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My husband has a mental illnes and has started a collaborative divorce. He is controlling and hired most expensive attorney

Dayton, OH |
Filed under: Collaborative divorce

He talked me into this. Now, as the process has gone on it appears so neutral that it might not be the best option. IE: if he had a psych evaluation the truth would come out, where as these meetings with all these professionals (mental health, accounting, child psychologist)are getting expensive and time consuming. his attorney selected a counselor for my teen daughter who was part of a collaborative team. without my knowledge my attorney called this counselor and then charged me for the consult I didnt know he had.

Attorney Answers 3

Posted

So what is your question? If you are involved in the collaborative process, that is by choice. If you desire to exit the process, inform your attorney. If s/he will not do as you desire, disengage and hir another attorney and use the adversarial process, requesting discovery concerning your husband's medical records to as to use in court to demonstrate why it is in the minor's best interests you be awarded custody and placement. Though realize, no divorce situation is one side's fault and/or problem. There must be give and take and acceptance of partial responsibility, even during a collaborative resolution process. Anyway, the collaborative process is generally far less expensive than litigation, and incorporates the notion cooperation allows the parties to reach a 'better' "YES" than litigating and forcing a settlement through the threat of judicial decisions. Please seek advise and consultation from a family law specialist, even a new attorney if you are uncomfortable with your existing attorney. Good luck.

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Asker

Posted

my question is would i have a better chance of primary custody in a court case? he started this process, and I had not considered it. After reading about it sounded okay. but now that its gone on things have happened like my attorney calling my daughters therapist without consulting me first and then charging for the conference. Also, since he is unavailable due to mental illness he denies and i currently do all the parenting, i dont want to give this up to someone who refuses to get help and continues to deny. Seems a pscyh evaluation might be better as these are facts and he is going for 50-50 custody even though he is either sleeping or not home.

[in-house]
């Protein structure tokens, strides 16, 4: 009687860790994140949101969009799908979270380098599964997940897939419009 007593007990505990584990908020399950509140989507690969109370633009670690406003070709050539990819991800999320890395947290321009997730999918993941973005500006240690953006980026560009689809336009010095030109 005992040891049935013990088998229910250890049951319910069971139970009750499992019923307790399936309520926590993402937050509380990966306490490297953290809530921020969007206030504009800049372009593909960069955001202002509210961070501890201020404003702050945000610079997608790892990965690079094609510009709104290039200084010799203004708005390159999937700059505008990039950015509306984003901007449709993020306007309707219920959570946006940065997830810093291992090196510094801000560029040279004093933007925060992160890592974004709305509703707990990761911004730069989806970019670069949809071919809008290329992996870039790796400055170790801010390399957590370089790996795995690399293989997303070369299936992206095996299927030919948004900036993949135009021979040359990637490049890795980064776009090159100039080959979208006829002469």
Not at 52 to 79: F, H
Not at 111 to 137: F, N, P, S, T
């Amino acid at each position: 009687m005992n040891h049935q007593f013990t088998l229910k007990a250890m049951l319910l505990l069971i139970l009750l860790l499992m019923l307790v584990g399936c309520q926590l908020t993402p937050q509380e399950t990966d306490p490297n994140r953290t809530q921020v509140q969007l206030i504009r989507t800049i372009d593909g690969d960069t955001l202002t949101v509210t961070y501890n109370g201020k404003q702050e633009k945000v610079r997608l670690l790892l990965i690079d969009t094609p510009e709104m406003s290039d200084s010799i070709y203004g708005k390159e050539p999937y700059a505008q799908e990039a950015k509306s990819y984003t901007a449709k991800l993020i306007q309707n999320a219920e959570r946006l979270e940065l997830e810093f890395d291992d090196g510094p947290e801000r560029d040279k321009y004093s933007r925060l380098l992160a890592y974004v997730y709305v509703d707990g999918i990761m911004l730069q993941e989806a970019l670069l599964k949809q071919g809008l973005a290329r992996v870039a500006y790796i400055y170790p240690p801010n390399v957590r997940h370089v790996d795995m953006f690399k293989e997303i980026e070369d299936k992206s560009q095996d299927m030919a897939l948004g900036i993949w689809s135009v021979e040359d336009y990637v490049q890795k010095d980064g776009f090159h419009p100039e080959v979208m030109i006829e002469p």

James CW Bock

James CW Bock

Posted

I think you know the correct path and are looking for validation. I validate. If you can collaboratively reach a position that you feel is safe for your child given what you know your estranged husband's mental health issues are, then collaboration is the least expensive and least violative manner to achieve the objective you know is in the best interests of your child. If you cannot reach that point in the collaborative process because of the 'games' being played by opposing counsel and others, remove it and go to the adversarial process and develop the case through evidence to obtain what you feel is in your child's best interests. It will be expensive, difficult and without certainty, but you will have given it your best shot. I am sorry you are exposed to this type of collaborative process, as it is advanced as not having these problems, but no divorce process involving custody issues is perfect. Tell your existing attorney, and if that attorney won't do what you feel is right, get another one. Be strong. This will get worse before it gets better, but there will be an end and peace for yourself. Good luck.

Posted

I agree with Mr. Bock. Please visit my website below for information on all the marital termination procedures available to you, and how to choose an attorney. I personally am no advocate of collaborative divorce, and I don't think it is cheaper in most instances than a contested divorce. Bottom line, if you are dissatisfied with this process, it is not working for you.

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Posted

Have you expressed your concerns to your attorney? That may be a good first place to begin. The collaborative process is usually best where the parties have some concern for the well being of the other side, not where people want to crush each other. However, it is important to communicate with whoever is representing you because there are things that come up, even in litigation, where the lawyer may act without seeking the client's advance permission. So you might want to clarify your expectations in this regard. Before things go further, and you continue to feel uncomfortable with the process, maybe a good time to take a step back and get information about which direction will work best for you.

THE INFORMATION CONTAINED HEREIN IS INTENDED AS GENERAL INFORMATION ONLY. IT IS NOT LEGAL ADVICE, NOR IS IT INTENDED TO BE RELIED UPON AS SUCH, AND IS NOT INTENDED TO ESTABLISH AN ATTORNEY-CLIENT RELATIONSHIP. IF YOU HAVE A LEGAL QUESTION, CONSULT WITH AN EXPERIENCED ATTORNEY.

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